Ali: I’d love to because a lot of my friends are still at Manchester Uni so it’d be good to go there before the year’s up.

George: We get a lot of messages from people on the MySpace saying, “Can you come to Leeds, Manchester, wherever” you know. We did a couple of gigs two years ago, but because last year we were so busy recording the album we did so many gigs in London, we’ve sort of been going around London but we’re gonna move all over.

Bearded: What about album number two, when’s that on the cards?

Will: Well we’re gonna be recording that, start recording that in the next two months or so. We’ve got loads of songs in the pipline, but like, we need to work on them and get them ready.

Ed: Aim to release at the end of the year.

Bearded: Ali, since you joined the band have you got involved much on the song-writing front?

Ali: Most of the songs were written for the first album already, but hopefully for the second album I’ll have more input. I’d really love to.

Will: We’re working in a much more…a group sort of way now anyway. Because it started off with me just recording songs in my basement, Ed had the drum parts and me and George would just go through things. It was very much small and self-contained things, now we do it in rehearsals. We just go through stuff…we did some acoustic songs for Napster and we re-worked the song “Jealousy”, our single and then made it into a more chilled out thing. It was really nice to be able to re-work the songs and put a new spin on them.

Ali: We also did a Beyonce “Single Ladies” cover – a blues version! So you have to listen to that one!

Bearded: Lastly, do you have any new bands that you’d like to recommend to our readers?

George: There’s this band that we’ve played with a lot called The Wild Mercury Sound who are good.

Will: Yeah they’re really good, very young. We were at school with them and they’re pretty cool.

Patch William are one of those bands that finish each other’s sentences, such is their familiarity and closeness. Their enthusiasm for what they do comes over in spades and, listening to the album, they clearly take great care in every aspect of what they do, none more so than their song-writing and musicianship.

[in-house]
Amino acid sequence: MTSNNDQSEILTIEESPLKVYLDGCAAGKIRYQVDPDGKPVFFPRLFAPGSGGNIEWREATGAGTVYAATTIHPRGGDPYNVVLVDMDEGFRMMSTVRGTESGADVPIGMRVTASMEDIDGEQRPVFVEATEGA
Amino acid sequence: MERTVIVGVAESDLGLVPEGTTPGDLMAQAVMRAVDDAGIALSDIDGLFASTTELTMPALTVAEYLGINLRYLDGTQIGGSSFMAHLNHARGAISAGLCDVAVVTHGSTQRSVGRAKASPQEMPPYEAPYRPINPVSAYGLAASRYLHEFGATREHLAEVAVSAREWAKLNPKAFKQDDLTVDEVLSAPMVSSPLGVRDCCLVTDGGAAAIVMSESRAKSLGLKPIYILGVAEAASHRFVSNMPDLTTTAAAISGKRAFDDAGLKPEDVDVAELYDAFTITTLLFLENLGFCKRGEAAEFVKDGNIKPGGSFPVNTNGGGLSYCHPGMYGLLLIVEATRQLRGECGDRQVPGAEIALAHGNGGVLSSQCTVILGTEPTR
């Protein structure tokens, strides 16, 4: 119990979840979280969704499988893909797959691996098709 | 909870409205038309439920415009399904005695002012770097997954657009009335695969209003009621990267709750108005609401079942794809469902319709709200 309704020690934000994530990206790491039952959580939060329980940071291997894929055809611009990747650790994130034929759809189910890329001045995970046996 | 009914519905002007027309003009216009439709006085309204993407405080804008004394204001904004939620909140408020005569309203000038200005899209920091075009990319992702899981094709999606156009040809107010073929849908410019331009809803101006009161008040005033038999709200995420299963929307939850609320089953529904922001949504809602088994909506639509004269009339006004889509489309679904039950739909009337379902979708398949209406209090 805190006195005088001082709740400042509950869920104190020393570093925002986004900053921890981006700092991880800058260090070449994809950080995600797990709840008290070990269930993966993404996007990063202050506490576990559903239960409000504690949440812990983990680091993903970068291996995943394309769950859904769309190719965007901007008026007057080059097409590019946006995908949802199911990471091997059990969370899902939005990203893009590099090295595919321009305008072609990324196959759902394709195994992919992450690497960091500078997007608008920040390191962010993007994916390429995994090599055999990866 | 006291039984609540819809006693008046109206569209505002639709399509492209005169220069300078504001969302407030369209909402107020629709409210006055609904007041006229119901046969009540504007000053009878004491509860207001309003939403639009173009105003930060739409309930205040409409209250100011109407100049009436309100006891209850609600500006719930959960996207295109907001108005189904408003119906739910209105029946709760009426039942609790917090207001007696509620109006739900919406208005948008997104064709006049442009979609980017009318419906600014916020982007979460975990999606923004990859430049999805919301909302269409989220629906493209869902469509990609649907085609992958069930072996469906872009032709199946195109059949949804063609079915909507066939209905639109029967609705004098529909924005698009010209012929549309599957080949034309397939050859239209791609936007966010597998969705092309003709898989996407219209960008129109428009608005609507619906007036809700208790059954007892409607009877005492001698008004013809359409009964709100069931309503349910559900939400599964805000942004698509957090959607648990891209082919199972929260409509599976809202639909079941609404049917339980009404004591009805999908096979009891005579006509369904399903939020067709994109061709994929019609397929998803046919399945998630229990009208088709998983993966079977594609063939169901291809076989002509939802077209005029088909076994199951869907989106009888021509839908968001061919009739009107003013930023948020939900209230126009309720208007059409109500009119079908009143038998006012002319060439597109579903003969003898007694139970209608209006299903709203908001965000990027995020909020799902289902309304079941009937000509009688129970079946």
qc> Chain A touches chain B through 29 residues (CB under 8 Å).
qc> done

As the band takes to the Borderline’s small but hallowed stage later in the evening, there is a palpable sense of anticipation in the audience. Patch William also know that they are being watched by several industry figures, but it doesn’t seem to daunt them much as they boldly open the set with a brand new, never before heard song. It seems to go down well enough, but it’s not until second song “Take Me Home To Marylebone” that the band settle into their stride. Will’s all dolled up like a real rock star; part 80’s Johnny Marr, part Keith Richards with a good helping of Beatle. His vocal delivery owes a debt to more recent figures though, sharing the similar heartfelt characteristics of Jack Steadman from Bombay Bicycle Club and Mystery Jets’ Blaine Harrison. As it turns out he can really wail on the guitar too, unleashing monstrous blues licks in tunes like “Bad From The Start” and, although he’s clearly the axis around which the band revolves, he never once steals the limelight from the rest of the group.

Ali has clearly taken to the bass like the proverbial duck to water, holding the groove just as much as she has to, as well as adding beatific vocal harmonies into the mix. Meanwhile, George and Ed solidly hold up their end of things too, most notably shining in songs like “Her Black Tights” and “These Young Hearts” with the quirky beats of the verses giving way to the pure guitar rock of the outro. All the elements are there and the musicianship is high, the only thing missing is really a bit of movement and the kind relaxed feel that can only be achieved by touring hard. It will come in good time.

Patch William have everything going for them: they’ve made a fantastic debut album with great feeling and impeccable songs, they’re working with an experienced, forward-thinking team and they’ve just inked a publishing deal with Chrysalis. Perhaps their greatest attribute though, is their relationship with each other, which will doubtless steer them safely through the uncertain waters of today’s music industry. All that remains is for them to get out of London properly and show the world what they’ve been waiting for.

Ready? Set? Go!